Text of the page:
In recent years, tickets have been issued to limit tomato fight participants to 20,000 people. Yet spectators swell that number considerably. The festival is actually a week long, with parades, cooking contests, dancing, and fireworks.
The 2015 tomato fight was yesterday. One of the highlights was when Google’s Street View car drove into the mess, and was pelted with a good share of tomatoes. Street View had planned to collect “before and after” pictures, but a timing mistake meant that Google only got photos “during.”
Yesterday’s event marked the 70th anniversary of La Tomatina, which was an occasion for a congratulatory Google Doodle. If they had only known what would happen, they could have included the Street View car in the art.
Strangely, Buñol doesn’t even grow tomatoes. The town relies on the province of Extremadura for its tomatoes, both for eating and for the festival. By late in August, the tomato producers of Extremadura have plenty of overripe or other-than-top-grade tomatoes for the festival.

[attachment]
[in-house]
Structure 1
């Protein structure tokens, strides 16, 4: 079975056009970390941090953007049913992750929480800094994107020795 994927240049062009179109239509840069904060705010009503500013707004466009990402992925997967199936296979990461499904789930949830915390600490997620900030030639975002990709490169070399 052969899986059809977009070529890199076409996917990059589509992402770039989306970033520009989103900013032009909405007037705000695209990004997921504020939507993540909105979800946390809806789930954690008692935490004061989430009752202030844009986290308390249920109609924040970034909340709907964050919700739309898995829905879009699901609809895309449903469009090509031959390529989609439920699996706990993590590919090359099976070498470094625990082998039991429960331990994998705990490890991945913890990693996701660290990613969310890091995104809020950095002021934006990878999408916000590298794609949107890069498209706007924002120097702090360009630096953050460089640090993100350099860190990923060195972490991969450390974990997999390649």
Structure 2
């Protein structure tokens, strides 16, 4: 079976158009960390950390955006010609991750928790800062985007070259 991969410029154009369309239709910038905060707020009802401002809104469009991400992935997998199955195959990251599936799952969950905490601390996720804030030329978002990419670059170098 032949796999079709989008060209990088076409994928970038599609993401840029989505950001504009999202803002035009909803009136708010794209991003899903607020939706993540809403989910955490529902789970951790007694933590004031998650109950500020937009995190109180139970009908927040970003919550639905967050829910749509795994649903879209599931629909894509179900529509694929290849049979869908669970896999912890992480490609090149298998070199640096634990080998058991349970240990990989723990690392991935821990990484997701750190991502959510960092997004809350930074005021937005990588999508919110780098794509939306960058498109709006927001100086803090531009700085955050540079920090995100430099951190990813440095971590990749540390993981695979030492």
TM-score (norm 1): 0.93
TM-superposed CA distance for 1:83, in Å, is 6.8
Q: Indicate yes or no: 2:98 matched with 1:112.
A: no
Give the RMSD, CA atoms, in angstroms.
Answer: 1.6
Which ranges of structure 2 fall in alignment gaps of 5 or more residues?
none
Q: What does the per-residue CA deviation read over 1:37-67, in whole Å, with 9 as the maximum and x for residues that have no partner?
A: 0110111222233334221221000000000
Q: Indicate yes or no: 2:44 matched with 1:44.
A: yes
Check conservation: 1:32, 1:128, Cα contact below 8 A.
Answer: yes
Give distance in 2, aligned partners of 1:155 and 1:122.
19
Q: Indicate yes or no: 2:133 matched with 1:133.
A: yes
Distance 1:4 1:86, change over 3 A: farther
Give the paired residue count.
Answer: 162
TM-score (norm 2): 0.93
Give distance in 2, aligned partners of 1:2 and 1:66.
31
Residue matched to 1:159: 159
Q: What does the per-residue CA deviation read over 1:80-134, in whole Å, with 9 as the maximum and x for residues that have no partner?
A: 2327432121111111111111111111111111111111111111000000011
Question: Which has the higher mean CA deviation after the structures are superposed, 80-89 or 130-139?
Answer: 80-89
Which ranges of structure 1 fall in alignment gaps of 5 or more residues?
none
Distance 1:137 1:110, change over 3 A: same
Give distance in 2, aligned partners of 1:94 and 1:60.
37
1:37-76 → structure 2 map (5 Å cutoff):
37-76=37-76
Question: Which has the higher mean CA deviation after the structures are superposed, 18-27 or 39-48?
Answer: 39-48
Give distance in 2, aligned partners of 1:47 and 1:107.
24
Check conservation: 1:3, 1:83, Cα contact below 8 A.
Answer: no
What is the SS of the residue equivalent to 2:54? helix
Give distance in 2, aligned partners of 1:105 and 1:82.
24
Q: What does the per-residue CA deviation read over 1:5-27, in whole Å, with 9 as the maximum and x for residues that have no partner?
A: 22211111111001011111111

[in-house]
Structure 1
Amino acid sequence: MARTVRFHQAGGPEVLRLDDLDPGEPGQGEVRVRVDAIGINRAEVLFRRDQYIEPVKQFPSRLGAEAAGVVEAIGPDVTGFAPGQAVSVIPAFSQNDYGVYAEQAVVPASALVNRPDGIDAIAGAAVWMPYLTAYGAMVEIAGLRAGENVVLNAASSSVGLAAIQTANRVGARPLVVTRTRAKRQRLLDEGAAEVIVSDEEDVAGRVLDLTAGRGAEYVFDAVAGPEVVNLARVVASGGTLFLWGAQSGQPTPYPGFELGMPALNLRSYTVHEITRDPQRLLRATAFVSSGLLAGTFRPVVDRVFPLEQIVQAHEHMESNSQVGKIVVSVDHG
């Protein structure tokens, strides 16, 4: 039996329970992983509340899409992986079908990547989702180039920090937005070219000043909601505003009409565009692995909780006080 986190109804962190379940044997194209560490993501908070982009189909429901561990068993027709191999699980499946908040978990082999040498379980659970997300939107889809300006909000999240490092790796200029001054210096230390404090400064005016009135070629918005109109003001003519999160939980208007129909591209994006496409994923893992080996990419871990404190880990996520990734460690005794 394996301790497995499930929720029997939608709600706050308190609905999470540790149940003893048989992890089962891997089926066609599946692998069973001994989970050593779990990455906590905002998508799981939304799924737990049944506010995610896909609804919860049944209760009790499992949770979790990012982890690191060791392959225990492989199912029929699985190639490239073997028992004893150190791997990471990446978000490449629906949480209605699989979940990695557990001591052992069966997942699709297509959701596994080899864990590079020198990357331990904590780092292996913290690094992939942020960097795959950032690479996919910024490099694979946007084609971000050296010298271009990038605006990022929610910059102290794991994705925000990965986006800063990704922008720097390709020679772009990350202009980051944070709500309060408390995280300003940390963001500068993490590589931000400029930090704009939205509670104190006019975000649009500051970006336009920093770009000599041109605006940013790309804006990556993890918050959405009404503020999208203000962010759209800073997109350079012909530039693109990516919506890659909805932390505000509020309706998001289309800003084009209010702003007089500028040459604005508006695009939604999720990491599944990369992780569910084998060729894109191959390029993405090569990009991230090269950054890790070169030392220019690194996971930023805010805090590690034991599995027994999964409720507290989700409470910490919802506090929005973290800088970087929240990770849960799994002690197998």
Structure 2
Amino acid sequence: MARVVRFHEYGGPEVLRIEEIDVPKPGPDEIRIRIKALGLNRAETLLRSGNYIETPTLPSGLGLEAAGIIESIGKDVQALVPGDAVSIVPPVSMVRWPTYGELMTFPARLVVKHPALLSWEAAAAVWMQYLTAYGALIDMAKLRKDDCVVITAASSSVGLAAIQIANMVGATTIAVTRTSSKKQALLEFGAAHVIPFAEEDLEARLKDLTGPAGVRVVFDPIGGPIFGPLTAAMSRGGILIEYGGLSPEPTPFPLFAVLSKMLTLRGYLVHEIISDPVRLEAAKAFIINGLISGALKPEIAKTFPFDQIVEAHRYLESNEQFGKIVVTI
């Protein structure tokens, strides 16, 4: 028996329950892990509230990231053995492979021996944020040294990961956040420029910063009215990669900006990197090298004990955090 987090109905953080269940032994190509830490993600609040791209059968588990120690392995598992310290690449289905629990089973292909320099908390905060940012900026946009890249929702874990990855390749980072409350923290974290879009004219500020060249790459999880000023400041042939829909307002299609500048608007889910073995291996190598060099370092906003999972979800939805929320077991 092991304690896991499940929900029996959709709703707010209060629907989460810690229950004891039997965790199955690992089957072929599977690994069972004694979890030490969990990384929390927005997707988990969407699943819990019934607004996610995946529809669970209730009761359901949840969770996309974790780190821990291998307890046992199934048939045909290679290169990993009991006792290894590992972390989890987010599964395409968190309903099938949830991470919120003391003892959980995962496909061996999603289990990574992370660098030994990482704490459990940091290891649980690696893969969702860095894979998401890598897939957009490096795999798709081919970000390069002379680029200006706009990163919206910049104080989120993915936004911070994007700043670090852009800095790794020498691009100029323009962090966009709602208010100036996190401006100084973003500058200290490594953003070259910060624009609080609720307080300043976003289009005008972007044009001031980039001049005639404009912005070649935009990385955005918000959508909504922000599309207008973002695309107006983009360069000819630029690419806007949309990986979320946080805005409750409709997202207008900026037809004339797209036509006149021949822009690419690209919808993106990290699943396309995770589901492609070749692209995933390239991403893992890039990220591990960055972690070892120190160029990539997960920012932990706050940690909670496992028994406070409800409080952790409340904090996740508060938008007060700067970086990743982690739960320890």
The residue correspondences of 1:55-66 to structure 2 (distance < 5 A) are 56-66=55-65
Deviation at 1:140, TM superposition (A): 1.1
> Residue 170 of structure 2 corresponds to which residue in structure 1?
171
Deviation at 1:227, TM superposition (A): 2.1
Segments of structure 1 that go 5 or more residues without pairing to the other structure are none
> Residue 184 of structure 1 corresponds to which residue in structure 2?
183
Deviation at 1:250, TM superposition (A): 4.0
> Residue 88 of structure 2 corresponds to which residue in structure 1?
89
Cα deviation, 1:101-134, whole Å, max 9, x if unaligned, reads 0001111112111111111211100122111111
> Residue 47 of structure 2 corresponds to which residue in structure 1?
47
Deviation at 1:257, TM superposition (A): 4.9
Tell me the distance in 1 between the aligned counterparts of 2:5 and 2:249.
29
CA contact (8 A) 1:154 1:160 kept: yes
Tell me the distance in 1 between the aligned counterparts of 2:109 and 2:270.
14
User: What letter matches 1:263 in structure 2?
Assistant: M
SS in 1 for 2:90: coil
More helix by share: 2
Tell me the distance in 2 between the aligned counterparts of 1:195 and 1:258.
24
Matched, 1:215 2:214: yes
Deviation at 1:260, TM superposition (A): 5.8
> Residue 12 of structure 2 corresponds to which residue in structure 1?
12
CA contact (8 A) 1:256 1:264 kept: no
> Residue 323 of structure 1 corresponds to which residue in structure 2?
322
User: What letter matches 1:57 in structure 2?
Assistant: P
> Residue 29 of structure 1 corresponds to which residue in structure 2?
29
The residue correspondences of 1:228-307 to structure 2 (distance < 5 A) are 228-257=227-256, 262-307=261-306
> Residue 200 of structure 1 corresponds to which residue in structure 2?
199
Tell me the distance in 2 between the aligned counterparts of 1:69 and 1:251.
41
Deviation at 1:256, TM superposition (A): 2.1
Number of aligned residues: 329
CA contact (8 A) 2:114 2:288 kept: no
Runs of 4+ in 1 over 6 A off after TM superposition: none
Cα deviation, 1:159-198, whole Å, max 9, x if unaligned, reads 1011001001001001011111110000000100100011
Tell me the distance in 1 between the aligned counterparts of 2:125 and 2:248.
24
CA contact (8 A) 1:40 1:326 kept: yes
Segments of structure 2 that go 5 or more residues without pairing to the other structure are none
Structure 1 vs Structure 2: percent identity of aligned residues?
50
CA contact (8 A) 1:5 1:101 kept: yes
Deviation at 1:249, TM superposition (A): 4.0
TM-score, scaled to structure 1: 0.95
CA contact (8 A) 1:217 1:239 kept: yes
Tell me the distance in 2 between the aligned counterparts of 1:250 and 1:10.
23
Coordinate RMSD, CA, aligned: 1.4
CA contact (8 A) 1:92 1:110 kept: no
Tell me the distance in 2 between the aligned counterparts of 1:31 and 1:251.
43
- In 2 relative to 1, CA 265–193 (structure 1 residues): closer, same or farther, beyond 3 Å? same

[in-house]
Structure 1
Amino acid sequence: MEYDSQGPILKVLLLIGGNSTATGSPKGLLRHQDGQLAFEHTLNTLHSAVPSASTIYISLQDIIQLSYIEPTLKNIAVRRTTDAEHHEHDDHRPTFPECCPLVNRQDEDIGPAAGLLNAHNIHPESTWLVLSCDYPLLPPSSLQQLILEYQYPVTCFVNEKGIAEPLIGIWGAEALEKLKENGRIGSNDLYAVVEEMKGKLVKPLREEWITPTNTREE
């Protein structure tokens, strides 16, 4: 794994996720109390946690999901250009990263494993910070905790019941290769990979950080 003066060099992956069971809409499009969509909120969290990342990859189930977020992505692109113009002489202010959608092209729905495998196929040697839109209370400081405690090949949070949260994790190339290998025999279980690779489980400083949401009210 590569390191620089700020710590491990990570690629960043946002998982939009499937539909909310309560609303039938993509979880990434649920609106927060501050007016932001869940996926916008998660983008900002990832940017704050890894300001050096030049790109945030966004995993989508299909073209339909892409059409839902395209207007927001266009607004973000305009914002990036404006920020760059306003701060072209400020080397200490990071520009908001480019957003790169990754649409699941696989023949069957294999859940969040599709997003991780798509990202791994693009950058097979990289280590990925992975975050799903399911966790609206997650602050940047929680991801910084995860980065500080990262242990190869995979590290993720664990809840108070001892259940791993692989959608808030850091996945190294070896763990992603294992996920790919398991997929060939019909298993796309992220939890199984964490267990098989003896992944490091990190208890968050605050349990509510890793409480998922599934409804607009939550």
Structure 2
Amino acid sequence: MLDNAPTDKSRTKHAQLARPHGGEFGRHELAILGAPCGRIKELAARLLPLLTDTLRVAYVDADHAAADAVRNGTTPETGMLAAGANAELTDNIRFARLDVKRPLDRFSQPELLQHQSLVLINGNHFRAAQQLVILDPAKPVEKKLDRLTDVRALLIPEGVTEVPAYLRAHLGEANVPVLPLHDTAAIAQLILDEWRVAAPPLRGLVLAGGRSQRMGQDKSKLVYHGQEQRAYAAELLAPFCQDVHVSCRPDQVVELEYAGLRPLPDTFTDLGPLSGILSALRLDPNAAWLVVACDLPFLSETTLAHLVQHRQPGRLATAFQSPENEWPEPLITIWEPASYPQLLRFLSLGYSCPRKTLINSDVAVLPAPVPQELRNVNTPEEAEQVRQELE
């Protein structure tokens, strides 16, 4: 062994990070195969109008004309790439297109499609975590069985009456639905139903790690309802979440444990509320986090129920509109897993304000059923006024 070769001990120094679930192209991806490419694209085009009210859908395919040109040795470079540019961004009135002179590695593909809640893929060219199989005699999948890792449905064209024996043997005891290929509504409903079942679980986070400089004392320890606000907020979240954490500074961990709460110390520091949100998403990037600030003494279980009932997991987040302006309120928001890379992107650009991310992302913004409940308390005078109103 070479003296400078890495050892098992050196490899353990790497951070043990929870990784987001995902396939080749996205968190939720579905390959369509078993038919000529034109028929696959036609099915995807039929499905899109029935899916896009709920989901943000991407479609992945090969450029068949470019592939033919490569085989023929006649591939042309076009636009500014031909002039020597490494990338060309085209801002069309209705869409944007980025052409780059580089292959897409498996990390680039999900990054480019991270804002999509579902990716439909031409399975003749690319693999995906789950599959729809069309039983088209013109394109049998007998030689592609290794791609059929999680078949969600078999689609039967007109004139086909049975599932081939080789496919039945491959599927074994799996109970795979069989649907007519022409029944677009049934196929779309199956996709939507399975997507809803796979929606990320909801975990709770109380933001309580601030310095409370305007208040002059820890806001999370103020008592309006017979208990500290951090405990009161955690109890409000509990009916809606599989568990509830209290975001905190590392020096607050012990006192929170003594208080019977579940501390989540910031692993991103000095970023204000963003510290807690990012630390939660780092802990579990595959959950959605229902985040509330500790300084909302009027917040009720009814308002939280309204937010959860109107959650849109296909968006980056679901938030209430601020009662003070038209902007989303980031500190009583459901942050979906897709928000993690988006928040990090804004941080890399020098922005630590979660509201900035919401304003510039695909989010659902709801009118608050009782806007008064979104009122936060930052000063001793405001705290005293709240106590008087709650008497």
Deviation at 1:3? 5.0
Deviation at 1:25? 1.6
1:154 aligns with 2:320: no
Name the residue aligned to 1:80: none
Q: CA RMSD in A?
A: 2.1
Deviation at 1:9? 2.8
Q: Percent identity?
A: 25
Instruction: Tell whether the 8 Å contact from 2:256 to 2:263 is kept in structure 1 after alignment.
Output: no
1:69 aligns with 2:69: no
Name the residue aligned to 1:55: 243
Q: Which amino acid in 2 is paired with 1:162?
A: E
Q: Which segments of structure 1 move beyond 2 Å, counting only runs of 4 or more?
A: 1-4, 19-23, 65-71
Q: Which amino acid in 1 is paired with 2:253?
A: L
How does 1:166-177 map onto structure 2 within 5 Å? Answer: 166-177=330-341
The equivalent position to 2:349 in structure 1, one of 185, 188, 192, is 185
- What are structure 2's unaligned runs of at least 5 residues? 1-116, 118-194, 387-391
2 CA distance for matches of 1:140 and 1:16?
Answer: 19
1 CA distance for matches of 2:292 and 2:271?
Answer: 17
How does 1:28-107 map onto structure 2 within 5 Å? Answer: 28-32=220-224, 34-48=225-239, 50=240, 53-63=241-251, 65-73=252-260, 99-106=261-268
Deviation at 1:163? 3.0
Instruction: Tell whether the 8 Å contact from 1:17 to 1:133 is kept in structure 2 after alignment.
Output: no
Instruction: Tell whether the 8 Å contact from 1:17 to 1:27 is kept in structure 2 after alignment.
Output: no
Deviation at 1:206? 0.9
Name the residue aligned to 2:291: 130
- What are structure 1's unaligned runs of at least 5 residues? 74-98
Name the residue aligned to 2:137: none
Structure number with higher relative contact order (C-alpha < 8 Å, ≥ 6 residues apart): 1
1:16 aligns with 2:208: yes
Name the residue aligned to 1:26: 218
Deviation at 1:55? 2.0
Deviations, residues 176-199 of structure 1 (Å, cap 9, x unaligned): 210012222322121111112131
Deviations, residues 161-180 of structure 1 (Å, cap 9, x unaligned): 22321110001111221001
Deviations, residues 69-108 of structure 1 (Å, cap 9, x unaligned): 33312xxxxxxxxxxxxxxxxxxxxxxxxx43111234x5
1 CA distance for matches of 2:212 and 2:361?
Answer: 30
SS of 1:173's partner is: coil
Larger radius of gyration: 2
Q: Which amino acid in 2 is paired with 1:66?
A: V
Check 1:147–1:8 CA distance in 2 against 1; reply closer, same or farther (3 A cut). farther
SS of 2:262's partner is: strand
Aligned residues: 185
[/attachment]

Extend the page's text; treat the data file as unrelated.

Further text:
The traditional signal for the tomato fight to begin is complex. A ham is suspended from a greased pole in the town square. Participants struggle to retrieve the ham. When someone finally does, a cannon fires, initiating the free-for-all.
It takes an hour or two for all the tomatoes to be thrown, and then the cannon fires again, which is a signal for the fight to stop.
By then, the streets are ankle-deep in tomato pulp! Firefighters are on hand to hose down the participants, although some prefer to jump into the nearby Buñol River.
A good time was had by all. Make your plans now for La Tomatina 2016, which will be held on August 31st.